Spirit Shareholders Approve JetBlue Merger Deal

Spirit Airlines
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Spirit Airlines shareholders voted in favor of JetBlue’s purchase offer during a special meeting convened on Wednesday, leaving regulatory approval as the last hurdle the airlines need to clear to complete the transaction. In a statement, Spirit said the airlines expect to close the transaction no later than the first half of 2024.

Nevertheless, regulatory approval will not amount to a mere formality given the Biden administration’s tough stance on corporate consolidation, evidenced by a Justice Department suit to block JetBlue’s Northeast Alliance (NEA) agreement with American Airlines. According to the department, the deal would result in the consolidation of the two airlines in New York and Boston, eliminating what it called important competition in those cities and decreasing JetBlue’s incentive to compete with American Airlines elsewhere.

To address those concerns, JetBlue has committed to divesting Spirit’s holdings at the NEA airports to allow for allocation to other ultra-low-cost carriers. In the event regulators do not approve the proposed agreement for antitrust reasons, JetBlue said it would pay Spirit a reverse break-up fee of $70 million.

The merger would dissolve the Spirit brand and create the fifth-largest carrier in the U.S., resulting in a fleet consisting of some 460 aircraft and an order book of more than 300 Airbus A220 and A320neo-family narrowbodies.

“This is an important step forward on our path to closing a combination that will create the most compelling national low-fare challenger to the dominant U.S. carriers,” said Spirit CEO Ted Christie in a statement. “We look forward to continuing our ongoing discussions with regulators as we work toward completing the transaction and delivering value to team members, guests, and stockholders."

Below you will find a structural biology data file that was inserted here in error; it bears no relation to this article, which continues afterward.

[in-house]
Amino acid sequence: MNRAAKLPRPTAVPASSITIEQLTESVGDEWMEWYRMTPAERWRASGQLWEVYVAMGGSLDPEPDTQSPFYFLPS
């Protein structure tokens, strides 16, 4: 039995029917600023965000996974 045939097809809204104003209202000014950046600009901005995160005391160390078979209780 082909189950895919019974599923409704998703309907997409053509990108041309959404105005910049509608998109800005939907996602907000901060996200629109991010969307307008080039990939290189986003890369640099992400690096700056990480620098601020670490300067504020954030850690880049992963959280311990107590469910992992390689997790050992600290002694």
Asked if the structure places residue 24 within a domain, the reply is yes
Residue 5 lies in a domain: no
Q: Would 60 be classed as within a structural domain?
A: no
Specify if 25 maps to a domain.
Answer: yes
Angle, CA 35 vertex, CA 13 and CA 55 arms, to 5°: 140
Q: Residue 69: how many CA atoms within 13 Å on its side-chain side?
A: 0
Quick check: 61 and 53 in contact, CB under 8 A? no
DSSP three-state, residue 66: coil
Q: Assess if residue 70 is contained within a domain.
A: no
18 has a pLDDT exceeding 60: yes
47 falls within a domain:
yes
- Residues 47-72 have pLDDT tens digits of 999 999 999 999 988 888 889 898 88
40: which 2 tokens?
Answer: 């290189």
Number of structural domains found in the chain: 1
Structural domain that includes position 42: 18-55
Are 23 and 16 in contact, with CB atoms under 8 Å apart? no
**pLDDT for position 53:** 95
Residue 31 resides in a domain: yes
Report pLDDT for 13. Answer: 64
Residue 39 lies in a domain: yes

For its part, the Air Line Pilots Association (ALPA)—which represents both airlines’ pilot groups—called for a short-term extension of the JetBlue pilots’ collective bargaining agreement with “immediate economic improvements that will bridge what is likely to be a lengthy regulatory review of the transaction.”

Last month, JetBlue pilots said they had shifted the focus of their negotiations from a full contract to a short-term contract extension, which, they stressed, would meet their immediate economic needs while management concentrates on the pending merger transaction.

“The needs of this pilot group can’t wait for a merger that could take years to get the compensation package they have earned,” said ALPA’s JetBlue master executive council chairman Chris Kenney. “The message we have taken to management is that contract improvements now are key to this airline’s success today and in the future.”

Spirit pilots, meanwhile, continue negotiations to amend their 2018 contract. The ALPA negotiating committee and Spirit management began negotiations in September and, according to an ALPA statement, both parties would like to see an agreement by the current contract’s March 1, 2023, amendable date.

“As we move down the path toward consolidation of our two companies into a singular JetBlue, one thing is certain: for the new entity to realize the success and growth it hopes to achieve, management must partner with labor," said Spirit master executive council chairman Ryan Muller. “We look forward to securing a strong contract for our joint pilot group once regulatory approvals have been achieved.”

Spirit Airlines Airbus A320s cross paths at Cleveland Hopkins International Airport. (Photo: Flickr: Creative Commons (BY) by Seluryar)

Spirit Airlines Airbus A320s cross paths at Cleveland Hopkins International Airport. (Photo: Flickr: Creative Commons (BY) by Seluryar)